Listen to His Heart

We encountered Andre Borges while working on a commission for Science in the City Festival 2012 in Malta. Initially those were the hospital ward-inspired sounds in Andre’s works that encouraged us to offer him a collaboration. Our installation “-hEx: inverted geometry” required that style of soundscape. So we contacted Brighton-based Brazilian musician and performer, which resulted into a productive artistic synergy.

On his web-site (named for one of the microtonal instruments, as he discusses in the description to one of his projects with the same name), Andre speaks of himself as a saxophonist, flutist, performer and sound artist.

ronda-microtonal instrument

Microtonal instruments were initially created by Anton Walter Smetak, who was greatly influenced by mystical esoteric and believed that microtonal sounds were more powerful than tonal. Andre and his Brazilian band decided to follow up the ideas of the music experimenter Smetak:

“From his great collection of instruments, the ones he named ‘cretinos’ were my favorites. The name suggests their lack of nobility in sounds. A single instrument, in special, had transformed my musical life – The Piston Cretino, which consisted of a water pipe, a funnel and a trumpet mouthpiece.”

But my main interest was definitely caught by Andre’s sound performance works. Solo “Inside-Out” (2011) consisted of amplified internal sounds of the body (heartbeat and guts) alongside with light bulbs and other instruments installation, controlled by the intensity of the organs’ sounds.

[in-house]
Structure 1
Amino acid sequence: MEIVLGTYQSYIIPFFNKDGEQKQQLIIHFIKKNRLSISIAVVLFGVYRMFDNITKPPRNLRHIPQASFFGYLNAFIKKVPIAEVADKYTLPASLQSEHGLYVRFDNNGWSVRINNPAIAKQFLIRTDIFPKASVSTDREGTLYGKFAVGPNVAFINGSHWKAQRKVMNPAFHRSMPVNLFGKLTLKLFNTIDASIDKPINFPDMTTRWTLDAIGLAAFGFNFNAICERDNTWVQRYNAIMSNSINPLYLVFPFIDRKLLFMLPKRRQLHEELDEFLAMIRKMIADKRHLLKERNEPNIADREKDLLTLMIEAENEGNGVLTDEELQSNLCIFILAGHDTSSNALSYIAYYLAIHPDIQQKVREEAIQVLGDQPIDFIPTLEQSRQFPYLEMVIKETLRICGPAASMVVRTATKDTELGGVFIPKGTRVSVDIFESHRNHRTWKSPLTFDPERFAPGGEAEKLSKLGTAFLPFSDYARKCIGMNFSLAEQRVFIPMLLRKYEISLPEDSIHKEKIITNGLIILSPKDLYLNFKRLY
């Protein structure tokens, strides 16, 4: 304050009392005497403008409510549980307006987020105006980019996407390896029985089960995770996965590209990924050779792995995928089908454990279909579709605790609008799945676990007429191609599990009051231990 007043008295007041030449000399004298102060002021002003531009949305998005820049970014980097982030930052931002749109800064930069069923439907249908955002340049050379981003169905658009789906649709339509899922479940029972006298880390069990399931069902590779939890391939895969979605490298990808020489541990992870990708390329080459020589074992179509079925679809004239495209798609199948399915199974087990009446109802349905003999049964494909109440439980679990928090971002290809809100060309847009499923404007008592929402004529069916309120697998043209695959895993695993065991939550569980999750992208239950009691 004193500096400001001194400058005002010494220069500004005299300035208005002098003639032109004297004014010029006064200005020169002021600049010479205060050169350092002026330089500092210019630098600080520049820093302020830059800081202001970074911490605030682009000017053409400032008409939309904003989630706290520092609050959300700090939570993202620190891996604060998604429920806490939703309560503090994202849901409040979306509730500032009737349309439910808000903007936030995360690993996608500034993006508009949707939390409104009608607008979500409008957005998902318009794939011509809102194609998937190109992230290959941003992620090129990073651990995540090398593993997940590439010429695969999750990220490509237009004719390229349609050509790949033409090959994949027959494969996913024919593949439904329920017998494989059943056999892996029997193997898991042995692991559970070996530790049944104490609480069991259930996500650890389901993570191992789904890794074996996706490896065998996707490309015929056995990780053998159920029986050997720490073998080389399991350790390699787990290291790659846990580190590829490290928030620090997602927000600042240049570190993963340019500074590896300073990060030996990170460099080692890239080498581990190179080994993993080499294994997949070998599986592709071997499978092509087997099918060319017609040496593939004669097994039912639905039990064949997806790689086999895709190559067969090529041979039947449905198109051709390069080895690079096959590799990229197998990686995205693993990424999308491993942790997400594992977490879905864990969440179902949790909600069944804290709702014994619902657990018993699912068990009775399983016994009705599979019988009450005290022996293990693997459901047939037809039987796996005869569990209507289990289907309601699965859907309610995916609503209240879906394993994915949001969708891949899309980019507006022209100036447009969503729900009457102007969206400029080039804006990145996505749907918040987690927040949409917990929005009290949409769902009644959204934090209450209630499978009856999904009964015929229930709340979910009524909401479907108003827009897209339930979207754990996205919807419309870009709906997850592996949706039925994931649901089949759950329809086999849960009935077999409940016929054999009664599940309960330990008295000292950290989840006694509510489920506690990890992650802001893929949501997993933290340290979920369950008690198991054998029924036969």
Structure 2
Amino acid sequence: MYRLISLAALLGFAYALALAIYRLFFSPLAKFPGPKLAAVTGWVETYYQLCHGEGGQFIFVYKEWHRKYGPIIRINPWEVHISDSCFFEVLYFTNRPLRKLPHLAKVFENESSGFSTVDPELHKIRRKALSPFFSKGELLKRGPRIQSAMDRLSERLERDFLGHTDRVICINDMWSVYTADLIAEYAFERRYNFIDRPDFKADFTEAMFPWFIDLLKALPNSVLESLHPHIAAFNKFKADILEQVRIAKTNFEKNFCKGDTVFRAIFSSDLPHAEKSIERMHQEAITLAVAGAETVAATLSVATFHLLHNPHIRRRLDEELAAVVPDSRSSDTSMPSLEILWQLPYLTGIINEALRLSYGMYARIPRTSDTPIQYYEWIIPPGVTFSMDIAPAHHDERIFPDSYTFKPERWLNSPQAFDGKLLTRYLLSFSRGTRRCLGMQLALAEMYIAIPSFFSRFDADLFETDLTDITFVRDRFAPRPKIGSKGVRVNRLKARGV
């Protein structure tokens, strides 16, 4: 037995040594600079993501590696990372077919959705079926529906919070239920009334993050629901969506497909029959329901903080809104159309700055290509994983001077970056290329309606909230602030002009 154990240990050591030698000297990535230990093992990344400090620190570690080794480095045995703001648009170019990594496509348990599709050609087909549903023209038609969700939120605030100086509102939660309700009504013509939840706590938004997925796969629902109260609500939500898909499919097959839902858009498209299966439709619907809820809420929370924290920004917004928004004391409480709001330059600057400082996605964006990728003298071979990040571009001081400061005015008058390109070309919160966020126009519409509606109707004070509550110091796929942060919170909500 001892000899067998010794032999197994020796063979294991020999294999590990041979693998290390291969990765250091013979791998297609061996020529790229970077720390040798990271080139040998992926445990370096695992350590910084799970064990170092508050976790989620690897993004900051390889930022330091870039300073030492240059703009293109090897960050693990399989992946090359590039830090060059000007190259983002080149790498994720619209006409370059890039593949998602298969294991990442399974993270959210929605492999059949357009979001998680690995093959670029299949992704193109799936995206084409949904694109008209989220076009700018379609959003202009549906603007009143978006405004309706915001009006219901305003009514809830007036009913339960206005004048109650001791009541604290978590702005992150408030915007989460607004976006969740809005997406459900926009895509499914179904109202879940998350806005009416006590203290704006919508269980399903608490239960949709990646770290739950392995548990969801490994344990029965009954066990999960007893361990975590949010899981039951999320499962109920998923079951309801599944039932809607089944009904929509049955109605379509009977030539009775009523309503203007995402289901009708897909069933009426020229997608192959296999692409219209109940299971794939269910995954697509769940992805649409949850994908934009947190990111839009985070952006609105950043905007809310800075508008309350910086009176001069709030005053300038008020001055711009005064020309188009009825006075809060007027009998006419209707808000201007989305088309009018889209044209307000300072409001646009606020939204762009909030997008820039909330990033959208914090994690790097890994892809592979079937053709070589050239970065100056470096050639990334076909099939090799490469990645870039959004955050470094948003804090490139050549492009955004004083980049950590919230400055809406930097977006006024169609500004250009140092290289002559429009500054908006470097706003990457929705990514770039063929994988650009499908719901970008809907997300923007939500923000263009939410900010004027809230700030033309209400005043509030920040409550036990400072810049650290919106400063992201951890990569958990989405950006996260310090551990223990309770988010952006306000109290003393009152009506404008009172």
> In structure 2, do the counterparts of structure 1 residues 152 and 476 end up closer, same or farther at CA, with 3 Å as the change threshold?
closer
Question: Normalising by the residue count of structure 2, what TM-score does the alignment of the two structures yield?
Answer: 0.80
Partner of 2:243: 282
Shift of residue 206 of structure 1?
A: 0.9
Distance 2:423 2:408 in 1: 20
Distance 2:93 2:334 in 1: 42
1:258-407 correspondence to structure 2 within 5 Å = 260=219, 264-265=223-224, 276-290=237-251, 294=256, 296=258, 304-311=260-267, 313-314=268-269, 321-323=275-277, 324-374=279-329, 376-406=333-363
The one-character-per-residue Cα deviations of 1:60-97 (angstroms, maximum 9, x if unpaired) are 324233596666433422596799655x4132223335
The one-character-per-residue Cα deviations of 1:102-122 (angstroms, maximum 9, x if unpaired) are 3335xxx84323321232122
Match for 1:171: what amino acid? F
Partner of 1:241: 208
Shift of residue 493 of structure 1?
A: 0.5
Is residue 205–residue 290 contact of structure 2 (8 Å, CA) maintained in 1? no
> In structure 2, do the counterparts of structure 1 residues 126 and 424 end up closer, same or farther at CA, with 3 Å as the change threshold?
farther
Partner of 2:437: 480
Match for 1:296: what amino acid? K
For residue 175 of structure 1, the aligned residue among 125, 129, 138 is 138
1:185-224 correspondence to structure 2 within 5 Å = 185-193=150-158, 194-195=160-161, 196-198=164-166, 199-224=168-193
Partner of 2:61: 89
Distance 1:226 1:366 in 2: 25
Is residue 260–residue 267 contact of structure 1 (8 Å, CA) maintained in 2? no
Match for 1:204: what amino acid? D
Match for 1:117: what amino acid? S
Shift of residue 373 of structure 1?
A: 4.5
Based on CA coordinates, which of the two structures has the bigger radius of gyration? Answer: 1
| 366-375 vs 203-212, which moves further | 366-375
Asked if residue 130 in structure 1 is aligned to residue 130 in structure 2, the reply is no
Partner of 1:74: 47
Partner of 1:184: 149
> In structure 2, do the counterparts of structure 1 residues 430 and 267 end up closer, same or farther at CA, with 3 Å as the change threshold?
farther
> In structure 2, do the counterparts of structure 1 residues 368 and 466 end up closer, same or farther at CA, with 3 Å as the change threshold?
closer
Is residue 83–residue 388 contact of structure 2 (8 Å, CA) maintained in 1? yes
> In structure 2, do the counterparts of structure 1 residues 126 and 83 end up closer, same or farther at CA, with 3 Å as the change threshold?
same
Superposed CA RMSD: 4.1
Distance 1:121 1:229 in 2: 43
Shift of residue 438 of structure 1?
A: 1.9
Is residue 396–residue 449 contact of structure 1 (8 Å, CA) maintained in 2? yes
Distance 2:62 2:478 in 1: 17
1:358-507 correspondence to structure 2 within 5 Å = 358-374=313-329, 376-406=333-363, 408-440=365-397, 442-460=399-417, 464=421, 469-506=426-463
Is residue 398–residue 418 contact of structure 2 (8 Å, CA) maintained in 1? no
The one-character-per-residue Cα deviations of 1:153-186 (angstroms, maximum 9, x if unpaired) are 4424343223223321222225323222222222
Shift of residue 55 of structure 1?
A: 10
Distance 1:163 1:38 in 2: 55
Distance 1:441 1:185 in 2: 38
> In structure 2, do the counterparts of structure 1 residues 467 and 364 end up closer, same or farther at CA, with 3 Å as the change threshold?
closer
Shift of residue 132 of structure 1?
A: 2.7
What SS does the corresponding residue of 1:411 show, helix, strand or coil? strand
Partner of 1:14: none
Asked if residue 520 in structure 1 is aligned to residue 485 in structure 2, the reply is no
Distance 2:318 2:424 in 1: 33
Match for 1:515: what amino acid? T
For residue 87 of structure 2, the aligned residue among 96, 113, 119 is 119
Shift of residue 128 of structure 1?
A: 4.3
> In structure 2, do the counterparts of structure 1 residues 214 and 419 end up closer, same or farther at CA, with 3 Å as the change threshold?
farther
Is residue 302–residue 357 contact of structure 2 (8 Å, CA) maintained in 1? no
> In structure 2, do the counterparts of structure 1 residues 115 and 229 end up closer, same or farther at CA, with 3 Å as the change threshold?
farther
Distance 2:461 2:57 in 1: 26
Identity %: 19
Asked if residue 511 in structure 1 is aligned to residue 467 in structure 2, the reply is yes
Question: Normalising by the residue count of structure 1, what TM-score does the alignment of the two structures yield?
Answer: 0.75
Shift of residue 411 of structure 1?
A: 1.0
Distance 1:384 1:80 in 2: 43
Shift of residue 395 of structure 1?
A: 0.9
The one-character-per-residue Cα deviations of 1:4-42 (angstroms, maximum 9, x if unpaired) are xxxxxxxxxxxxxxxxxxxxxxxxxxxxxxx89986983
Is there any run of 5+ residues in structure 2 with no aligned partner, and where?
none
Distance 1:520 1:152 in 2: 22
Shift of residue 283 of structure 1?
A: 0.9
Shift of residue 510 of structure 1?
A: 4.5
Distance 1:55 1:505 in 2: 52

“Trying to find a way to amplify body sounds, I have developed a hybrid between a stethoscope and a microphone. For INSIDE-OUT, I use twostethoscopic microphones – one attached to my hearth, and another to my guts.  Breathing and singing sounds are captured using a microphone attached to an oxygen mask. These sounds are then, transported to a sound desk and from there, to a PA system. Simultaneously, the dynamics of  my heartbeat control the brightness of two light bulbs, while the signal sent by the breathing sounds starts the DC motors set to induce sounds from instruments.”


The idea of re-focusing audience’s attention from “personal” sounds to the ones produced by the lifeless instruments is the main one behind the soundscape performance installation. At the same time Andre says that his work roots back to the experiments done by Murray Shafer, John Cage, Evelyn Glennie, Alvin Lucier and Stephen Barrass.



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